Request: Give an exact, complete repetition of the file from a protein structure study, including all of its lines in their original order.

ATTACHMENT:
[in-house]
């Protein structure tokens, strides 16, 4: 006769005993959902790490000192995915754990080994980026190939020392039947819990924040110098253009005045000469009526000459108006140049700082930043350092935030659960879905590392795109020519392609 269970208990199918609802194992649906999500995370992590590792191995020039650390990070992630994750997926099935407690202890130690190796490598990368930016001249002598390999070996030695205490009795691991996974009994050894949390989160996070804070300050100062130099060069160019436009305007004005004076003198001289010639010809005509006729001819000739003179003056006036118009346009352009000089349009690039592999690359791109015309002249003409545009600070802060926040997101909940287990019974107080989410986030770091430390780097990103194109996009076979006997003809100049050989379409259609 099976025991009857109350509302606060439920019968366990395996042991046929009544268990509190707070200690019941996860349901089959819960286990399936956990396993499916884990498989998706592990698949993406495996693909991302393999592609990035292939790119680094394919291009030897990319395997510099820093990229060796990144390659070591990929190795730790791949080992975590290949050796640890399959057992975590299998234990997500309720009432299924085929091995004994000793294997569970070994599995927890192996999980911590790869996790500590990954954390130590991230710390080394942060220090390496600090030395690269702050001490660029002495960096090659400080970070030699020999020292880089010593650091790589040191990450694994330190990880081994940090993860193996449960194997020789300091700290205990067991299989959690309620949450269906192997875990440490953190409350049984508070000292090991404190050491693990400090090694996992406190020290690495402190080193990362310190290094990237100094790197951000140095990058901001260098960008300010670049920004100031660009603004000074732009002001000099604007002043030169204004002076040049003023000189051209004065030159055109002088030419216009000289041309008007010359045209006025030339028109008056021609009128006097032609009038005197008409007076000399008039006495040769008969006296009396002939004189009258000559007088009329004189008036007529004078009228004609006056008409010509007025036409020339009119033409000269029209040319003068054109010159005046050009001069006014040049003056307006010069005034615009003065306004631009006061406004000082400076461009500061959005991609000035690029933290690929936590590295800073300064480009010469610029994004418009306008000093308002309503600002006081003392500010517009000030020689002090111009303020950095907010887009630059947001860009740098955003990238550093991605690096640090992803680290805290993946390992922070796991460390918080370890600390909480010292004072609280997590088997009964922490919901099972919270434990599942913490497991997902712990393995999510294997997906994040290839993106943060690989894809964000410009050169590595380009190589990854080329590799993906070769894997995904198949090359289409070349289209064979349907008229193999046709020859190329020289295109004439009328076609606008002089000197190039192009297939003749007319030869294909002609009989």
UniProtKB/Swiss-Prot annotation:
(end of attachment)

[in-house]
């Protein structure tokens, strides 16, 4: 006769005993959902790490000192995915754990080994980026190939020392039947819990924040110098253009005045000469009526000459108006140049700082930043350092935030659960879905590392795109020519392609 269970208990199918609802194992649906999500995370992590590792191995020039650390990070992630994750997926099935407690202890130690190796490598990368930016001249002598390999070996030695205490009795691991996974009994050894949390989160996070804070300050100062130099060069160019436009305007004005004076003198001289010639010809005509006729001819000739003179003056006036118009346009352009000089349009690039592999690359791109015309002249003409545009600070802060926040997101909940287990019974107080989410986030770091430390780097990103194109996009076979006997003809100049050989379409259609 099976025991009857109350509302606060439920019968366990395996042991046929009544268990509190707070200690019941996860349901089959819960286990399936956990396993499916884990498989998706592990698949993406495996693909991302393999592609990035292939790119680094394919291009030897990319395997510099820093990229060796990144390659070591990929190795730790791949080992975590290949050796640890399959057992975590299998234990997500309720009432299924085929091995004994000793294997569970070994599995927890192996999980911590790869996790500590990954954390130590991230710390080394942060220090390496600090030395690269702050001490660029002495960096090659400080970070030699020999020292880089010593650091790589040191990450694994330190990880081994940090993860193996449960194997020789300091700290205990067991299989959690309620949450269906192997875990440490953190409350049984508070000292090991404190050491693990400090090694996992406190020290690495402190080193990362310190290094990237100094790197951000140095990058901001260098960008300010670049920004100031660009603004000074732009002001000099604007002043030169204004002076040049003023000189051209004065030159055109002088030419216009000289041309008007010359045209006025030339028109008056021609009128006097032609009038005197008409007076000399008039006495040769008969006296009396002939004189009258000559007088009329004189008036007529004078009228004609006056008409010509007025036409020339009119033409000269029209040319003068054109010159005046050009001069006014040049003056307006010069005034615009003065306004631009006061406004000082400076461009500061959005991609000035690029933290690929936590590295800073300064480009010469610029994004418009306008000093308002309503600002006081003392500010517009000030020689002090111009303020950095907010887009630059947001860009740098955003990238550093991605690096640090992803680290805290993946390992922070796991460390918080370890600390909480010292004072609280997590088997009964922490919901099972919270434990599942913490497991997902712990393995999510294997997906994040290839993106943060690989894809964000410009050169590595380009190589990854080329590799993906070769894997995904198949090359289409070349289209064979349907008229193999046709020859190329020289295109004439009328076609606008002089000197190039192009297939003749007319030869294909002609009989």
UniProtKB/Swiss-Prot annotation: